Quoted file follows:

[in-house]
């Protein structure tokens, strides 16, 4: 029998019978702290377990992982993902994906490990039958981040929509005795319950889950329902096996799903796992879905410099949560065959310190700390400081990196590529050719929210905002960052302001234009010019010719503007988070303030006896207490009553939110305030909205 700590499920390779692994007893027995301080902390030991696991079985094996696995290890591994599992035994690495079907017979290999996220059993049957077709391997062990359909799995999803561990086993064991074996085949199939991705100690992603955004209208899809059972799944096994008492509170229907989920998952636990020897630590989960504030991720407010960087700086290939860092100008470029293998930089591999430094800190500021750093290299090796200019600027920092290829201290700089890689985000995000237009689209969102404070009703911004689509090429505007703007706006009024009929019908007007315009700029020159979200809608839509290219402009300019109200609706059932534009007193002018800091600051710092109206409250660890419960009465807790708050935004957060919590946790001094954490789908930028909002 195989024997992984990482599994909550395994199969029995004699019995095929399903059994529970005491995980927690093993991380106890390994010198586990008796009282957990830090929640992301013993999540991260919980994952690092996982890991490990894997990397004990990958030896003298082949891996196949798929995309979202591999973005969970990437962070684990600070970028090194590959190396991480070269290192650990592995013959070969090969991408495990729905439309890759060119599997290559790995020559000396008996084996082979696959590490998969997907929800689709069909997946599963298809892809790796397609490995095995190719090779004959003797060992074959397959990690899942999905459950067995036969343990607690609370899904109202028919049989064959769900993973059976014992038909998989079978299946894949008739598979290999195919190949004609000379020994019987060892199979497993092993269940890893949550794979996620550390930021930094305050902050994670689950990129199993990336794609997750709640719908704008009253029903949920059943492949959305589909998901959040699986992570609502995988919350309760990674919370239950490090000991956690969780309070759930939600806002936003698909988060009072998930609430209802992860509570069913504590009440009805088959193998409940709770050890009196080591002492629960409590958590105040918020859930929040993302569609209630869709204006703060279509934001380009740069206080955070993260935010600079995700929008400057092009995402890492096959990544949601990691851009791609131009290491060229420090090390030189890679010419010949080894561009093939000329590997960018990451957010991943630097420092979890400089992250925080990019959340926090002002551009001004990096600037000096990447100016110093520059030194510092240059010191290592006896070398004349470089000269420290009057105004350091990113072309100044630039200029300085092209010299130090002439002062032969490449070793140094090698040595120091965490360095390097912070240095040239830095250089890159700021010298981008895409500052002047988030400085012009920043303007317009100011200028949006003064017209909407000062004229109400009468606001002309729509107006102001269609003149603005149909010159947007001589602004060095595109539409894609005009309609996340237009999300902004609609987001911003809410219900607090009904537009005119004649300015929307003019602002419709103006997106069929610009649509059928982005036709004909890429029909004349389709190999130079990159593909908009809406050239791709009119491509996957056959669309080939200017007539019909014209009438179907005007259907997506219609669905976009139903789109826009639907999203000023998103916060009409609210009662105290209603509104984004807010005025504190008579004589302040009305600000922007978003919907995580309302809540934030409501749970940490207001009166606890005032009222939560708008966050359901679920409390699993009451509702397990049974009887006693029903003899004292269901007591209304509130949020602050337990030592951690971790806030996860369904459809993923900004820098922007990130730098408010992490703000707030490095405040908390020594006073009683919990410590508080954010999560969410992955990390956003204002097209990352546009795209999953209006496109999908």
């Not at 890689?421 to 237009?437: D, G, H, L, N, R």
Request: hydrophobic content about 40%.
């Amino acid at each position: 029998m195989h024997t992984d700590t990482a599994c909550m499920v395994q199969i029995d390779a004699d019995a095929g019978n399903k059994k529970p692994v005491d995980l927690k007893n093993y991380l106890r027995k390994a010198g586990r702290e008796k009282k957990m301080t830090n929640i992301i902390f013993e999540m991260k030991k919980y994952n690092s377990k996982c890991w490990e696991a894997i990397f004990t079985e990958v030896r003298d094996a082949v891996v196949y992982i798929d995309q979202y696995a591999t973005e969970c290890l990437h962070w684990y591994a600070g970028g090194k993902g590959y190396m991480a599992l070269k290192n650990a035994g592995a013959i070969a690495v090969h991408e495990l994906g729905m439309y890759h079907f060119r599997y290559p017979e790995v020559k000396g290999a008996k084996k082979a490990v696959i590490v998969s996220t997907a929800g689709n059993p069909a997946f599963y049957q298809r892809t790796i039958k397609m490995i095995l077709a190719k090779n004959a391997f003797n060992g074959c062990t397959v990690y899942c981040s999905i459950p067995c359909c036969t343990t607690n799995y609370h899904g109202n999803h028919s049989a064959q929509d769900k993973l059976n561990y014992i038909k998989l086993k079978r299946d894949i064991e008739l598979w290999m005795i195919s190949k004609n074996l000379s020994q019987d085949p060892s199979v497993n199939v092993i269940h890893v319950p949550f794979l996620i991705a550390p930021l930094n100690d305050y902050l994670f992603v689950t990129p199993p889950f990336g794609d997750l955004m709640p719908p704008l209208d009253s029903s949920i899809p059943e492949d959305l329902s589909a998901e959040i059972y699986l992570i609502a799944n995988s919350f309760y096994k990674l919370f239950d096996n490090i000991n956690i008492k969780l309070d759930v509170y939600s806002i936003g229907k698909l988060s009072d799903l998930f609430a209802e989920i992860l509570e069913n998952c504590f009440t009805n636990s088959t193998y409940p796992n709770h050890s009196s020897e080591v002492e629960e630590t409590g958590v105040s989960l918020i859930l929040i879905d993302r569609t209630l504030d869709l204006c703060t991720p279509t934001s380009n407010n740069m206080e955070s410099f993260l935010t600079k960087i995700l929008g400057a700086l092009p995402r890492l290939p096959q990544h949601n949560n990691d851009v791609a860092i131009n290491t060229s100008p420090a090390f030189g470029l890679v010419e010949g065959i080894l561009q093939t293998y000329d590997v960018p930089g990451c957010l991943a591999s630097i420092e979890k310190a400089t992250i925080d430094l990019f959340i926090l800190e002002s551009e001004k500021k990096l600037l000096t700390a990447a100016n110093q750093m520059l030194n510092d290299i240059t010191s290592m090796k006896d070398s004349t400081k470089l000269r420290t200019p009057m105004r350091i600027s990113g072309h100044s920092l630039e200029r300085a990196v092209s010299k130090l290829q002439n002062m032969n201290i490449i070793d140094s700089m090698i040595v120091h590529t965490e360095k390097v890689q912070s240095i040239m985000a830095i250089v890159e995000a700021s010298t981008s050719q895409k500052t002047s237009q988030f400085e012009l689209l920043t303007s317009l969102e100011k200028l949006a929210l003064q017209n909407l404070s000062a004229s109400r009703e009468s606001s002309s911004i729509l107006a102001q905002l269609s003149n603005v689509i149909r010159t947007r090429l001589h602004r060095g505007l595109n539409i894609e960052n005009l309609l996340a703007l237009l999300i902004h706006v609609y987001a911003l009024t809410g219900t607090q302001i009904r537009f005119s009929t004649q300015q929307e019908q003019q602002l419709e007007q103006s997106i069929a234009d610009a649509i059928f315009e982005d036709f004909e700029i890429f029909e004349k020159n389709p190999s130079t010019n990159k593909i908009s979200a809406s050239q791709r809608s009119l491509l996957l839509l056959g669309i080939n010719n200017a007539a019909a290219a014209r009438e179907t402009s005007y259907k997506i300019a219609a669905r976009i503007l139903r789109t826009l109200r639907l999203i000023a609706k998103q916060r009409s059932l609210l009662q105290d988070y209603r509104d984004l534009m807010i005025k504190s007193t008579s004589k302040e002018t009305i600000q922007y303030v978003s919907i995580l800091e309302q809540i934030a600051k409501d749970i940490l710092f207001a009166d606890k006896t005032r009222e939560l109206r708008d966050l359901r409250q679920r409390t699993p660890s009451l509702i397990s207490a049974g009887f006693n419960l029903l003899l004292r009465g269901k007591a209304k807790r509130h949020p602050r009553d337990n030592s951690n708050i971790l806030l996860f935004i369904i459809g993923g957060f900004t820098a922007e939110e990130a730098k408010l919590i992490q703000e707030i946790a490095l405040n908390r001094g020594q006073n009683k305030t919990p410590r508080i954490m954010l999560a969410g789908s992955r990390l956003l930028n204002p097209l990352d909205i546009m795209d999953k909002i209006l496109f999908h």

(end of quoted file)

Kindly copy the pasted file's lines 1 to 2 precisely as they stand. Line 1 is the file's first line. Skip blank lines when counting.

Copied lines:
[in-house]
């Protein structure tokens, strides 16, 4: 029998019978702290377990992982993902994906490990039958981040929509005795319950889950329902096996799903796992879905410099949560065959310190700390400081990196590529050719929210905002960052302001234009010019010719503007988070303030006896207490009553939110305030909205 700590499920390779692994007893027995301080902390030991696991079985094996696995290890591994599992035994690495079907017979290999996220059993049957077709391997062990359909799995999803561990086993064991074996085949199939991705100690992603955004209208899809059972799944096994008492509170229907989920998952636990020897630590989960504030991720407010960087700086290939860092100008470029293998930089591999430094800190500021750093290299090796200019600027920092290829201290700089890689985000995000237009689209969102404070009703911004689509090429505007703007706006009024009929019908007007315009700029020159979200809608839509290219402009300019109200609706059932534009007193002018800091600051710092109206409250660890419960009465807790708050935004957060919590946790001094954490789908930028909002 195989024997992984990482599994909550395994199969029995004699019995095929399903059994529970005491995980927690093993991380106890390994010198586990008796009282957990830090929640992301013993999540991260919980994952690092996982890991490990894997990397004990990958030896003298082949891996196949798929995309979202591999973005969970990437962070684990600070970028090194590959190396991480070269290192650990592995013959070969090969991408495990729905439309890759060119599997290559790995020559000396008996084996082979696959590490998969997907929800689709069909997946599963298809892809790796397609490995095995190719090779004959003797060992074959397959990690899942999905459950067995036969343990607690609370899904109202028919049989064959769900993973059976014992038909998989079978299946894949008739598979290999195919190949004609000379020994019987060892199979497993092993269940890893949550794979996620550390930021930094305050902050994670689950990129199993990336794609997750709640719908704008009253029903949920059943492949959305589909998901959040699986992570609502995988919350309760990674919370239950490090000991956690969780309070759930939600806002936003698909988060009072998930609430209802992860509570069913504590009440009805088959193998409940709770050890009196080591002492629960409590958590105040918020859930929040993302569609209630869709204006703060279509934001380009740069206080955070993260935010600079995700929008400057092009995402890492096959990544949601990691851009791609131009290491060229420090090390030189890679010419010949080894561009093939000329590997960018990451957010991943630097420092979890400089992250925080990019959340926090002002551009001004990096600037000096990447100016110093520059030194510092240059010191290592006896070398004349470089000269420290009057105004350091990113072309100044630039200029300085092209010299130090002439002062032969490449070793140094090698040595120091965490360095390097912070240095040239830095250089890159700021010298981008895409500052002047988030400085012009920043303007317009100011200028949006003064017209909407000062004229109400009468606001002309729509107006102001269609003149603005149909010159947007001589602004060095595109539409894609005009309609996340237009999300902004609609987001911003809410219900607090009904537009005119004649300015929307003019602002419709103006997106069929610009649509059928982005036709004909890429029909004349389709190999130079990159593909908009809406050239791709009119491509996957056959669309080939200017007539019909014209009438179907005007259907997506219609669905976009139903789109826009639907999203000023998103916060009409609210009662105290209603509104984004807010005025504190008579004589302040009305600000922007978003919907995580309302809540934030409501749970940490207001009166606890005032009222939560708008966050359901679920409390699993009451509702397990049974009887006693029903003899004292269901007591209304509130949020602050337990030592951690971790806030996860369904459809993923900004820098922007990130730098408010992490703000707030490095405040908390020594006073009683919990410590508080954010999560969410992955990390956003204002097209990352546009795209999953209006496109999908």